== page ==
Cover image for Fender benders
Fender benders
Fitzhugh, Bill.
Personal Author:
First edition.
Publication Information:
New York : William Morrow, [2001]

Physical Description:
viii, 326 pages ; 22 cm
Format :


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In his first three novels, Bill Fitzhugh created new strains of homicidal insects, sliced open the illegal transplant business, and sinfully skewered the Church and Madison Avenue with the same spear. Now he turns his attention to the hitmaking machinery of Music City, U.S.A.Depending on your point of view, Fender Benders is either a skewed look at the country music industry or a clear-eyed view of a damn screwy business. It's a Grand Old Opera complete with murder, treachery, greed, drugs, twangy music, a love triangle, and the best fried swimps you'll ever put in your mouth.First off, some folks down South have taken to dropping like flies. One minute they have a headache, the next they have a date at the funeral home. Seems some lunatic is tampering with boxes of headache powder, lacing them with sodium fluoroacetate. It's a nasty death, but at least it's quick, and it makes you forget you had a headache.Second off, Eddie Long wants to move to Nashville and become a country music star, but right now he's stuck in Hinchcliff, Mississippi. Eddie's big break comes with a contract to tour the Mississippi casino circuit. While he's on the road, his wife dies, the victim of an apparent serial killer. The emotional turmoil of his wife's death causes Eddie to write the best song of his life. He takes it to Nashville, hooks up with a hoary management company, and launches his career.Meanwhile, Jimmy Rogers is a freelance writer covering the Mississippi m

Reviews 1

Publisher's Weekly Review

Fitzhugh (Cross Dressing; Pest Control) moves into Clyde Edgerton and Barry Hannah territory and acquits himself with aplomb in this witty romp through the country music industry. Aspiring country music star Eddie Long has served a hard apprenticeship in honky-tonks across the South, and just as he gets a promising gig in a Mississippi casino, his young wife dies under mysterious circumstances. The cause is actually food poisoning, but before the police get there her lover tries to make it look like a suicide, while her father tries to pass it off as murder. In his grief, Eddie writes a magnificent country song, "It Wasn't Supposed to End That Way," that tops the charts and makes him a superstar. He involuntarily becomes embroiled in the seamy side of the music business, associating with rapacious agents, producers, DJs and a carnivorous groupie, Megan, who avariciously eyes Eddie's millions while plying him with drugs. A would-be biographer named Jimmy Rogers, who is also the jealous, discarded boyfriend of the greedy groupie, takes the advice of an unscrupulous literary agent and writes an unauthorized biography, which hints that Eddie had something to do with his wife's death and might even be a serial killer. The action and punch lines come at a furious pace, and Fitzhugh tosses in references to Nashville and Bob Roberts, two of the best country music movies. All in all, this is sharp, sassy, read-in-one-sitting, laugh-out-loud literature. (Dec. 1) Forecast: Movie rights for Pest Control and Cross Dressing have been sold to Warner Bros. and Universal Pictures respectively. If a movie ever results, Fitzhugh's stock will instantly rise, but even if it doesn't, he should collect a few more readers with each hilarious outing. (c) Copyright PWxyz, LLC. All rights reserved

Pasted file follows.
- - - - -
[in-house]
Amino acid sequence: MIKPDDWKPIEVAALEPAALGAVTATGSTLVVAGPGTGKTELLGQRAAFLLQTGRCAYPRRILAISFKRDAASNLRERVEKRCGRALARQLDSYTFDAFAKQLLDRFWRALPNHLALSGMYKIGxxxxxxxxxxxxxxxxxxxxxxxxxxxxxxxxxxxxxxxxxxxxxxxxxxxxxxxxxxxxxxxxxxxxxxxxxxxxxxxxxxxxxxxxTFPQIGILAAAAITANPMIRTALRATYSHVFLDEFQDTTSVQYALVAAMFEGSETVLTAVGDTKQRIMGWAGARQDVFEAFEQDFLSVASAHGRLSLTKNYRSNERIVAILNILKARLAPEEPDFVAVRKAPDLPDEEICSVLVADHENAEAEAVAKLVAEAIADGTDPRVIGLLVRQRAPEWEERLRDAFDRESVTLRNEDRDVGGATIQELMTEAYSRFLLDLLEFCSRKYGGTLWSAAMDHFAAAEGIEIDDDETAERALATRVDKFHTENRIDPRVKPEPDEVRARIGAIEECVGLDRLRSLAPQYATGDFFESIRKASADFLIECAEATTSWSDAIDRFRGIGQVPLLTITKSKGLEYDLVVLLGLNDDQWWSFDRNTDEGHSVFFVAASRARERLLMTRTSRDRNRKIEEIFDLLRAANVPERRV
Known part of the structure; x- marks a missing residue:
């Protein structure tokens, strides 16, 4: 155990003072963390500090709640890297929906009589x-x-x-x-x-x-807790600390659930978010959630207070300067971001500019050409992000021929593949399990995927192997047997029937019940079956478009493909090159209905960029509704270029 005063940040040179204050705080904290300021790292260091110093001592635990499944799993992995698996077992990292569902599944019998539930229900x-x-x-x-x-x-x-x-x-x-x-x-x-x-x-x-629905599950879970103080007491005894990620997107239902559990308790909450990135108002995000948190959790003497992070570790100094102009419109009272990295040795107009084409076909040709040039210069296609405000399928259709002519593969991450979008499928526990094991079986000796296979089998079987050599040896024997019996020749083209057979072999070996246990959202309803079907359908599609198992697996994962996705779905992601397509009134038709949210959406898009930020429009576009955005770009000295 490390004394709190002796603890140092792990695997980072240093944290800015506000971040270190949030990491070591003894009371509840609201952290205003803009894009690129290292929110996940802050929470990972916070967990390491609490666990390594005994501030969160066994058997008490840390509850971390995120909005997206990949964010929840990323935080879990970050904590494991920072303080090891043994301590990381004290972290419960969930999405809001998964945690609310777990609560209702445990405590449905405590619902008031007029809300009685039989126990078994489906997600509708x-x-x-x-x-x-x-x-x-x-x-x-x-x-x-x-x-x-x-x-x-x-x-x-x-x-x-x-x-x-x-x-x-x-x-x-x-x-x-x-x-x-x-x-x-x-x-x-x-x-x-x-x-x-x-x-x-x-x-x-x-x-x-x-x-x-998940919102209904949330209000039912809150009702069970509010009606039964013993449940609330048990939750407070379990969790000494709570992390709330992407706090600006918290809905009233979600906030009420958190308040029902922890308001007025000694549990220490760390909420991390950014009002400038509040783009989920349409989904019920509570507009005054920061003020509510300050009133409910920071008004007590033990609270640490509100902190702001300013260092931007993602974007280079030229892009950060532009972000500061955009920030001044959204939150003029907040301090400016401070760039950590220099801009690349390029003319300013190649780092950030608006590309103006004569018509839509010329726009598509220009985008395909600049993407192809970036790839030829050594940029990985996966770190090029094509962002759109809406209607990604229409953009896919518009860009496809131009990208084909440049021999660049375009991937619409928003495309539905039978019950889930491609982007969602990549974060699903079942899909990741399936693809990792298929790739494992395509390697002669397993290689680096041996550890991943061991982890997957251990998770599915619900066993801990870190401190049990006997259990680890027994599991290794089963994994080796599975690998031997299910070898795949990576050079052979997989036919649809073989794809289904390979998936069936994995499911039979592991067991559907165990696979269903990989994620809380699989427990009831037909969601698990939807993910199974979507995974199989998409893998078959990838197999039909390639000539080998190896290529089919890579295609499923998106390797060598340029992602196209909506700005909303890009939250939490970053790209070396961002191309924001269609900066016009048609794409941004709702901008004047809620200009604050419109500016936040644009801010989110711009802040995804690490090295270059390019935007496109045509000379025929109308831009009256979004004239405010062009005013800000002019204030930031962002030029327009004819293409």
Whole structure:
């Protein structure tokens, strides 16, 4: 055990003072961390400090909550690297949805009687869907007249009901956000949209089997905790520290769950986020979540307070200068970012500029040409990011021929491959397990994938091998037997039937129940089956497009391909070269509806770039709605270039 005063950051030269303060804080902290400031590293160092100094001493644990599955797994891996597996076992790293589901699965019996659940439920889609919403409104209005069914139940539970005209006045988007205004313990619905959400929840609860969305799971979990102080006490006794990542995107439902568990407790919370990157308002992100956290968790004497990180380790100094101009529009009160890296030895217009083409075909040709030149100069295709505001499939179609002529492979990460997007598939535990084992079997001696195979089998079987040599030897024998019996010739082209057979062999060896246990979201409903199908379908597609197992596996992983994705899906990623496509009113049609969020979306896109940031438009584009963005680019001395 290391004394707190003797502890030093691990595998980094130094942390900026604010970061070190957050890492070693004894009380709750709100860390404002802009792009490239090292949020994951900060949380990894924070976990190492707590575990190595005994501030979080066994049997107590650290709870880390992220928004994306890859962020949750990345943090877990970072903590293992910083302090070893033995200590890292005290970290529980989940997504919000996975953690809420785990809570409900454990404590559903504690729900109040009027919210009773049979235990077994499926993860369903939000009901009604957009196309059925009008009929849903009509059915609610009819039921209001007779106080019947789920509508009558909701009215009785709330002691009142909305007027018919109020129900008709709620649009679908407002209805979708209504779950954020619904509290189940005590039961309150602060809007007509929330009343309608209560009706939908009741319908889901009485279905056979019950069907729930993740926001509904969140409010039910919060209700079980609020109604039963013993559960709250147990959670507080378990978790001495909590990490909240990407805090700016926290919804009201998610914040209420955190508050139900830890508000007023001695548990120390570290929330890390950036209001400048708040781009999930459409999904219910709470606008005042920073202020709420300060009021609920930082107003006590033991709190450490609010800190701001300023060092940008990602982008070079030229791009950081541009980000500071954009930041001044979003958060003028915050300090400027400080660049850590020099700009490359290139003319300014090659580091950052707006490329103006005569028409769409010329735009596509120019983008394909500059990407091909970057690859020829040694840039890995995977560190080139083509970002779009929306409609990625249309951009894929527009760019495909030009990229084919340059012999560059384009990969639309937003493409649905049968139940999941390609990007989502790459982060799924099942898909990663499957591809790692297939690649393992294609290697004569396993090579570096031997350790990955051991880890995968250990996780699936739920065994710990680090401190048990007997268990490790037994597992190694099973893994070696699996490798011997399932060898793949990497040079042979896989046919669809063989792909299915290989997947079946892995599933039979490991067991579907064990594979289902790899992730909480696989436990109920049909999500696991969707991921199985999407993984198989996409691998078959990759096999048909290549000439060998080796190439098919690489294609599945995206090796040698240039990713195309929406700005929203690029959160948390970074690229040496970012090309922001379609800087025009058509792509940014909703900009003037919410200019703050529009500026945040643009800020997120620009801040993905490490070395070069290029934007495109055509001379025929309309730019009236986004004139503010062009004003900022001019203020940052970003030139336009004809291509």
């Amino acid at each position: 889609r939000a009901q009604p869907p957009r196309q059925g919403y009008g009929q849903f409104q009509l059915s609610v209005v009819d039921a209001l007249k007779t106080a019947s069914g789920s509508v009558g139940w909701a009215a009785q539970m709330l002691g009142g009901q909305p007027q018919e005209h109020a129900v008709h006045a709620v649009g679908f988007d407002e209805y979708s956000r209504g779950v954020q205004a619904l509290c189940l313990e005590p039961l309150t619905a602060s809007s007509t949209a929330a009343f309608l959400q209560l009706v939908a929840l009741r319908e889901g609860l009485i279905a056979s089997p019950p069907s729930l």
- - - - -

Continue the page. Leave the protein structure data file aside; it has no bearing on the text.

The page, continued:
Chapter One Terrebonne Parish, Louisiana Fred Babineaux was halfway between Morgan City and Houma when he decided he had a brain tumor. He couldn't think of anything else to explain the king-hell of a headache swelling inside his skull. It was a tumor, he was sure of it, a tumor the size of a pink Texas grapefruit. Fred was driving south on a narrow stretch of highway that traced the spine of a levee separating two cane fields thirty feet below on either side of the road. He was heading for Terrebonne Bay to meet with a man who wanted to buy a boat from the manufacturer Fred represented. The sale would mean a fat commission, but at the moment Fred would have forfeited that plus two months salary to make the headache disappear. He picked up the can of Dandy's Cream Soda that was sweating in the cup holder. He held it to his head for a moment hoping the cold would soothe the pain. When that failed, Fred thought maybe the problem was dehydration or low blood sugar, so he gulped half the can. The fields below on both sides of the levee were lush with a young crop of sugarcane flourishing in the promising Louisiana heat. It was hot for late April and humid. A couple of snowy egrets stalked the edge of the cane fields stabbing orange beaks at their lunch. Here and there the familiar smear of armadillo slicked the road. Fred identified with one whose head had been reduced to the consistency of a thick roux. His dehydration and low blood sugar theories disproved, Fred took his hands off the wheel and steered with his knee so be could massage his throbbing temples. The radio was tuned to Kickin' 98, "Classic Country for South Louisiana, playing a mix of the old and the new, because a song ain't gotta be old to be a classic." They were playing a ballad at the moment, soothing close harmonies Fred hoped might ease his pain. By the end of the song, however, Fred knew he required pharmaceuticals. He leaned over for the glove compartment when, suddenly, he heard what sounded like an airplane landing on the roof of his car. Startled by the abrupt roar of the thundering engine, Fred jerked his bands back to the steering wheel, narrowly avoiding a long plunge off the road. "Sonofabitch!" Adrenaline poured into his system. His heart rate soared, turning his already bad headache into severe unilateral periorbital pain. Fred looked out the window and saw the crop duster raining Gramoxone onto the sweet young cane. Maybe that's what caused my tumor, he thought. He'd been up and down these roads so many times over the years there was no telling how many gallons of herbicides and pesticides he'd absorbed. That had to be it. You could strap Fred Babineaux to the bottom of one of those noisy old biplanes, poke a few holes in him, and spray a field with whatever came out. Kill anything it hit. Fred looked to make sure the plane wasn't coming again, then leaned over and popped open the glove compartment. He grabbed the familiar yellow-and-red box of Dr. Porter's Headache Powder, an aspirin product sold only in the deepest parts of the South. He'd bought this particular box at an EZ Mart in Shreveport the day before. To Fred's relief, the usually impenetrable plastic shrink-wrap on the brand-new box sloughed off easily and he quickly fingered out one of the folded rectangular sheets of wax paper that held the powder like a professionally packaged gram of something else entirely. With one throbbing eye on the road, Fred unfolded the two ends of the rectangle and then the long top. He held one end closed and, with a jerk, tossed his bead back and poured the bitter powder into the back of his throat. He chased it with the remainder of his cream soda and, wincing slightly, swallowed the solution to all his problems. In no time flat, Fred forgot about his headache. Sadly it wasn't due to the fast-acting nature of the medicine. At first his face went numb and his breathing became irregular. He considered pulling to the side of the road, but the shoulder was only four feet wide before dropping sharply into the cane fields below. The eighteen-wheeler bearing down from behind prevented him from simply stopping in the middle of the road. Moments later, with no warning, Fred threw up violently, spewing his fried lunch onto the windshield. Panic set in as his body realized he was dying before his mind could grasp the fact, let alone ask why. Desperate to see the road in front of him, Fred wiped at the vomit covering his windshield. Smearing it only made matters worse. As if his compromised vision didn't make driving difficult enough, Fred began to hear sounds that didn't exist. His heart lapsed into what would best be described as irregular cardiac activity. But at least the headache wasn't bothering him anymore. Fred's mind fixed on why he suddenly felt like he was dying. His wheels drifted onto the gravel shoulder, kicking up a spray of rocks that scared the snowy egrets into the sky. Had Fred been listening to the radio, he'd have heard the DJ introducing an old Dorsey Dixon song. "Here's a classic country flashback on Kickin' 98!" But Fred wasn't listening to the radio anymore. All he could hear was what sounded like a chorus of outboard motors in his head. The auditory hallucinations were part and parcel of the process taking place throughout his body, namely, the total cessation of his cellular metabolism. His central nervous system was so compromised that it was shutting down, and not temporarily. Roy Acuff was singing about blood and whiskey mixed with broken glass strewn... (Continues...) Excerpted from Fender Benders by Bill Fitzhugh. Copyright © 2001 by Bill Fitzhugh. Excerpted by permission. All rights reserved. No part of this excerpt may be reproduced or reprinted without permission in writing from the publisher.